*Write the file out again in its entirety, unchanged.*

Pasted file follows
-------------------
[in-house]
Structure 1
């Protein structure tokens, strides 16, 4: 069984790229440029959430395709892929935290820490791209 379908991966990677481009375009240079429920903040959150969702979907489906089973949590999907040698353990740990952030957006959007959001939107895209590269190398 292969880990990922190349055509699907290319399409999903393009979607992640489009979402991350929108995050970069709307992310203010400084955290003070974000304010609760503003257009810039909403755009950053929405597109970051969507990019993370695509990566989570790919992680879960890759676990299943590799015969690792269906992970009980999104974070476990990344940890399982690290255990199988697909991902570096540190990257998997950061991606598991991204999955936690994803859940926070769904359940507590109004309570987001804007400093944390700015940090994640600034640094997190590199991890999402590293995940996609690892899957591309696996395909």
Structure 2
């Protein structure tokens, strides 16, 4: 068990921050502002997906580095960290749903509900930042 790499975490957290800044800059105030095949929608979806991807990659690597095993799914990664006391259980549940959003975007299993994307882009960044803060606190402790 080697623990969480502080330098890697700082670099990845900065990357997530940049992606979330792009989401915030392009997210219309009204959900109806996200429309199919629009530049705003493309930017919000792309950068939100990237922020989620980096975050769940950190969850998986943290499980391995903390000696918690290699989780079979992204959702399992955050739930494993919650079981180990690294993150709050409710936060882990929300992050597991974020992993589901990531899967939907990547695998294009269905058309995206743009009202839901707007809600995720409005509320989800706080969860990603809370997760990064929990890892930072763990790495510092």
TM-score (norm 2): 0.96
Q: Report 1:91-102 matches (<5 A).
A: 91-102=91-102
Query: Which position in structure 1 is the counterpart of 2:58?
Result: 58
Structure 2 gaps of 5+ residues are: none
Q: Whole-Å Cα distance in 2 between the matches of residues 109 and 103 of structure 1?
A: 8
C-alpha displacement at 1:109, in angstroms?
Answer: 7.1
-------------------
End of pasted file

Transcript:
[in-house]
Structure 1
């Protein structure tokens, strides 16, 4: 069984790229440029959430395709892929935290820490791209 379908991966990677481009375009240079429920903040959150969702979907489906089973949590999907040698353990740990952030957006959007959001939107895209590269190398 292969880990990922190349055509699907290319399409999903393009979607992640489009979402991350929108995050970069709307992310203010400084955290003070974000304010609760503003257009810039909403755009950053929405597109970051969507990019993370695509990566989570790919992680879960890759676990299943590799015969690792269906992970009980999104974070476990990344940890399982690290255990199988697909991902570096540190990257998997950061991606598991991204999955936690994803859940926070769904359940507590109004309570987001804007400093944390700015940090994640600034640094997190590199991890999402590293995940996609690892899957591309696996395909």
Structure 2
């Protein structure tokens, strides 16, 4: 068990921050502002997906580095960290749903509900930042 790499975490957290800044800059105030095949929608979806991807990659690597095993799914990664006391259980549940959003975007299993994307882009960044803060606190402790 080697623990969480502080330098890697700082670099990845900065990357997530940049992606979330792009989401915030392009997210219309009204959900109806996200429309199919629009530049705003493309930017919000792309950068939100990237922020989620980096975050769940950190969850998986943290499980391995903390000696918690290699989780079979992204959702399992955050739930494993919650079981180990690294993150709050409710936060882990929300992050597991974020992993589901990531899967939907990547695998294009269905058309995206743009009202839901707007809600995720409005509320989800706080969860990603809370997760990064929990890892930072763990790495510092």
TM-score (norm 2): 0.96
Q: Report 1:91-102 matches (<5 A).
A: 91-102=91-102
Query: Which position in structure 1 is the counterpart of 2:58?
Result: 58
Structure 2 gaps of 5+ residues are: none
Q: Whole-Å Cα distance in 2 between the matches of residues 109 and 103 of structure 1?
A: 8
C-alpha displacement at 1:109, in angstroms?
Answer: 7.1